It’s the year 2040 and things have gone bad. Global warming has ruined much of the land, even destabilizing parts of the U.S. Capitalism continues to run rampant and thanks to the wonders of internet and its evolutions, it is a true surveillance society. But Buyout isn’t really about any of that. Martin Kindred is offered the opportunity of a lifetime – to become a new kind of agent at his restructured insurance company. The cost of incarcerating a convicted convict for the rest of their life is huge and in an age of private prisons, it’s an affront to profit. A new charter system allows ‘lifers’ to take a buyout – a predetermined amount of money, typically in the millions of dollars, and distribute it to whoever they want. The price of the money is literally their life. For agreeing to die, criminals get to give a lot of money away – to atone for their sins, provide for family, or whatever. Life has a price and Martin’s life will never be the same.
Buyout began for me as a concept book – a book much more about the message than the story it was telling. The message of course is both very interesting and provocative enough to carry the book – but without emphasis on the story, it could only carry things so far. Somewhere just past the half-way mark, this changed. I had just figured out the only way the book could sensibly end when extra twist began to show. The ending became much less clear (though it turns out I was pretty close) and an interesting thing happened that just hadn’t been present up to this point – I began to care. While I hesitate to say the characters had been mere caricatures, they had seemed to fill a role in a story rather than live. This turned around fairly quickly – Martin suddenly became someone interesting and more than a series of observations from his best friend, Charlie. The meat of Buyout was as present as ever, but the change was that I now cared about what was going to happen.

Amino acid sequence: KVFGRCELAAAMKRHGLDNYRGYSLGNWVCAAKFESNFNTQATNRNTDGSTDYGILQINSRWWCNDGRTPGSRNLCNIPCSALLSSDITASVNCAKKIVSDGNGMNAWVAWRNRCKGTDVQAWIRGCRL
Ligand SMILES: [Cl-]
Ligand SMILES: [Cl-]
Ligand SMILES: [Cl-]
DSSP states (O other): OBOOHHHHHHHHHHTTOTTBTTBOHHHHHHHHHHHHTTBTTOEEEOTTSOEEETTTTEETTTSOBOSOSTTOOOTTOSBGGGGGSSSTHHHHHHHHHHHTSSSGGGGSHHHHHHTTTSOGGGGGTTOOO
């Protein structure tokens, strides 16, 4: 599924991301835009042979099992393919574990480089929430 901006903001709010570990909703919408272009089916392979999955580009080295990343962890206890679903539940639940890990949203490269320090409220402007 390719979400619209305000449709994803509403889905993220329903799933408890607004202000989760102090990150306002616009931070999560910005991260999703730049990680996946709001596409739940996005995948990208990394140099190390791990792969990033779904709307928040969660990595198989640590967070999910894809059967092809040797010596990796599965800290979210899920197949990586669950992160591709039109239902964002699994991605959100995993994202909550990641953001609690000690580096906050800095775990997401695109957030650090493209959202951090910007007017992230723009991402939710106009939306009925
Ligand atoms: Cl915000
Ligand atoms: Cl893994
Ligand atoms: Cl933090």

I suspect that this wasn’t an intentional effect planned by Irvine, but it turns out to be a powerful one. In the first half of the novel, the message was what mattered and it focused my thoughts. The story was a vehicle. Only later did the story jump to the forefront, but rather than supplant the message, the two were able to coexist. The result makes the book more than an interesting (even important) thought experiment, but a truly excellent story – and happening when it did, it caught me off-guard.
As I indicated above, Buyout is a slow start. The characterization feels rather weak with Charlie, through his observations of Martin, standing out as the only one of the bunch that’s interesting. The approach to show so much of Martin through Charlie is interesting and I think ads to the emphasis on message rather than the people in the story. Martin really does come across as a character in a role rather than a human being – which is a thought that has occupied my head for a few days now. Another curious reaction was my confusion of Charlie and Martin – for a good portion of the book I couldn’t keep the two strait. Is this my own laziness and lack of ability to keep names strait (if I meet you, I’ll probably forget your name within the first second of your saying it) or is it a goal of the author to further his point? Or is this due to Irvine switching view points seemingly mid-paragraph and certainly without a clear break in the writing. This is often one of my biggest criticisms of writing – and oddly one that I continually forget to include in reviews – but in this case, it seems intentional.
So, I keep mentioning the message while avoiding discussion of it. This is absolutely intentional. It’s powerfully provocative (which is only surpassed by its provocative power) and one that deserves deep thought and discussion (neither of which I’m particularly good at). What I like best is that Irvine has managed to frame the book around a highly charged issue that can neither be classified as conservative nor liberal. It’s both at the same time. It’s crime and punishment, it’s the right to life, it’s the right to die, and it’s all about the money.
Framing the entire novel are commentaries from an underground radio host that begin each chapter – the rantings of Walt Dangerfield. I love the name, I love what he has to say, and I love the spin it puts on events of the book while simultaneously showing us some of other horrific changes of Irvine’s new world order. It is indeed a brave new world.
Buyout by Alex Irvine caught me by surprise. I was looking for a change of pace and the obvious message behind this book looked to be the thought exercise my brain needed. It proved to be much more. So, science fiction isn’t dead, though it does beg the question of what kind of buyout it could get. 8.5/10